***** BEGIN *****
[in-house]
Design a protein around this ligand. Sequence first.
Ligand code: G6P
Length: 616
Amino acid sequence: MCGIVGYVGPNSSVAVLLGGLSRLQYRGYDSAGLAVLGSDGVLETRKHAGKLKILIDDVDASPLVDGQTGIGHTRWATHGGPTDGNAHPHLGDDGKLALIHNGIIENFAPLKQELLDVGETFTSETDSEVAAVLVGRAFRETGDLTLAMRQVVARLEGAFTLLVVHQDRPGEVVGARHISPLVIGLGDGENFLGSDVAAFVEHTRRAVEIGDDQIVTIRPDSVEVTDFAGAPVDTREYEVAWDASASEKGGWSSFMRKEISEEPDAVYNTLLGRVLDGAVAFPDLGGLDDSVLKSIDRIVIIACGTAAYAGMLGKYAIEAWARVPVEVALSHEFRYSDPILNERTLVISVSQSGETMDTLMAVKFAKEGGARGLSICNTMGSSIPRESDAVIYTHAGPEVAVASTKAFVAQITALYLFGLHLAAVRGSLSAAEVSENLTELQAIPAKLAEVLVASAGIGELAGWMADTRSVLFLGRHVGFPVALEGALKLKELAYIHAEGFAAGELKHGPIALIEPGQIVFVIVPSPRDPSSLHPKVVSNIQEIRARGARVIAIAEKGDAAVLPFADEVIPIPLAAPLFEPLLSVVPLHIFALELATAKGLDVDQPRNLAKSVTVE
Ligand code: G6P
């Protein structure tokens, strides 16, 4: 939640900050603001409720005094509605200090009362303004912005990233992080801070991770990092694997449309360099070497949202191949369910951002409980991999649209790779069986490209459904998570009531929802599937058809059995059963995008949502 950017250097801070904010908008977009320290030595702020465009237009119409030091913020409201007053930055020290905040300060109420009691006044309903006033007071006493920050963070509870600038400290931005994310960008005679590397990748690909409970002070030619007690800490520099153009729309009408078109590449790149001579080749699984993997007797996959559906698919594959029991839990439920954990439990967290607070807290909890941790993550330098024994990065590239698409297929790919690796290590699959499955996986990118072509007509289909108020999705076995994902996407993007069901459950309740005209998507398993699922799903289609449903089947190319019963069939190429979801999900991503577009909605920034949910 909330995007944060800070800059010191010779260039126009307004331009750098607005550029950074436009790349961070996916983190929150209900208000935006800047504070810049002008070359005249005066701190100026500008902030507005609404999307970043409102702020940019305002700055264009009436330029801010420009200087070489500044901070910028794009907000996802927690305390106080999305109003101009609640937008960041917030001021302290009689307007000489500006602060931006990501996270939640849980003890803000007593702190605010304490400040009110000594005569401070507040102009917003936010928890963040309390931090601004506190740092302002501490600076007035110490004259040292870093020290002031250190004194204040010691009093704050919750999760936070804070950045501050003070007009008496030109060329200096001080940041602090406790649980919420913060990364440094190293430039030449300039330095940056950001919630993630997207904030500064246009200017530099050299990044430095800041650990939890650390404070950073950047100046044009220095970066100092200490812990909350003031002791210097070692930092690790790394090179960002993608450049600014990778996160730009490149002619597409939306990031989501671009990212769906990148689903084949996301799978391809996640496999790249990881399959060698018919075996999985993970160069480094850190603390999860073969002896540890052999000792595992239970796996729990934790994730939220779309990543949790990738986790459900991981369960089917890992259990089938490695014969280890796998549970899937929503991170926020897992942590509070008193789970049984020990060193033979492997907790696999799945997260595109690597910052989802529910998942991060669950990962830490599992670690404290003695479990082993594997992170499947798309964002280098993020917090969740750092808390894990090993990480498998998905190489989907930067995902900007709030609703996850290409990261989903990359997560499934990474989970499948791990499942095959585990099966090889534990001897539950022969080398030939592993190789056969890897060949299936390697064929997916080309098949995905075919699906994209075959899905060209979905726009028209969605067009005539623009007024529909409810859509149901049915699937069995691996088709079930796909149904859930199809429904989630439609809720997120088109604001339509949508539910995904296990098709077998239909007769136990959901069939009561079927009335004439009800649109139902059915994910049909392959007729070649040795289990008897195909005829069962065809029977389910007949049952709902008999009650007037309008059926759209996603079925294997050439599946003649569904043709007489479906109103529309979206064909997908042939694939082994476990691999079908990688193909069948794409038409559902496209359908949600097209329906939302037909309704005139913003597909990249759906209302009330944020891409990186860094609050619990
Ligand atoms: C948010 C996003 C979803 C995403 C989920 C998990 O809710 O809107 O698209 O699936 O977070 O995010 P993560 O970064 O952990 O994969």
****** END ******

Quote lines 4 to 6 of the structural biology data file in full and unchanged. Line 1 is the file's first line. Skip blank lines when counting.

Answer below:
Length: 616
Amino acid sequence: MCGIVGYVGPNSSVAVLLGGLSRLQYRGYDSAGLAVLGSDGVLETRKHAGKLKILIDDVDASPLVDGQTGIGHTRWATHGGPTDGNAHPHLGDDGKLALIHNGIIENFAPLKQELLDVGETFTSETDSEVAAVLVGRAFRETGDLTLAMRQVVARLEGAFTLLVVHQDRPGEVVGARHISPLVIGLGDGENFLGSDVAAFVEHTRRAVEIGDDQIVTIRPDSVEVTDFAGAPVDTREYEVAWDASASEKGGWSSFMRKEISEEPDAVYNTLLGRVLDGAVAFPDLGGLDDSVLKSIDRIVIIACGTAAYAGMLGKYAIEAWARVPVEVALSHEFRYSDPILNERTLVISVSQSGETMDTLMAVKFAKEGGARGLSICNTMGSSIPRESDAVIYTHAGPEVAVASTKAFVAQITALYLFGLHLAAVRGSLSAAEVSENLTELQAIPAKLAEVLVASAGIGELAGWMADTRSVLFLGRHVGFPVALEGALKLKELAYIHAEGFAAGELKHGPIALIEPGQIVFVIVPSPRDPSSLHPKVVSNIQEIRARGARVIAIAEKGDAAVLPFADEVIPIPLAAPLFEPLLSVVPLHIFALELATAKGLDVDQPRNLAKSVTVE
Ligand code: G6P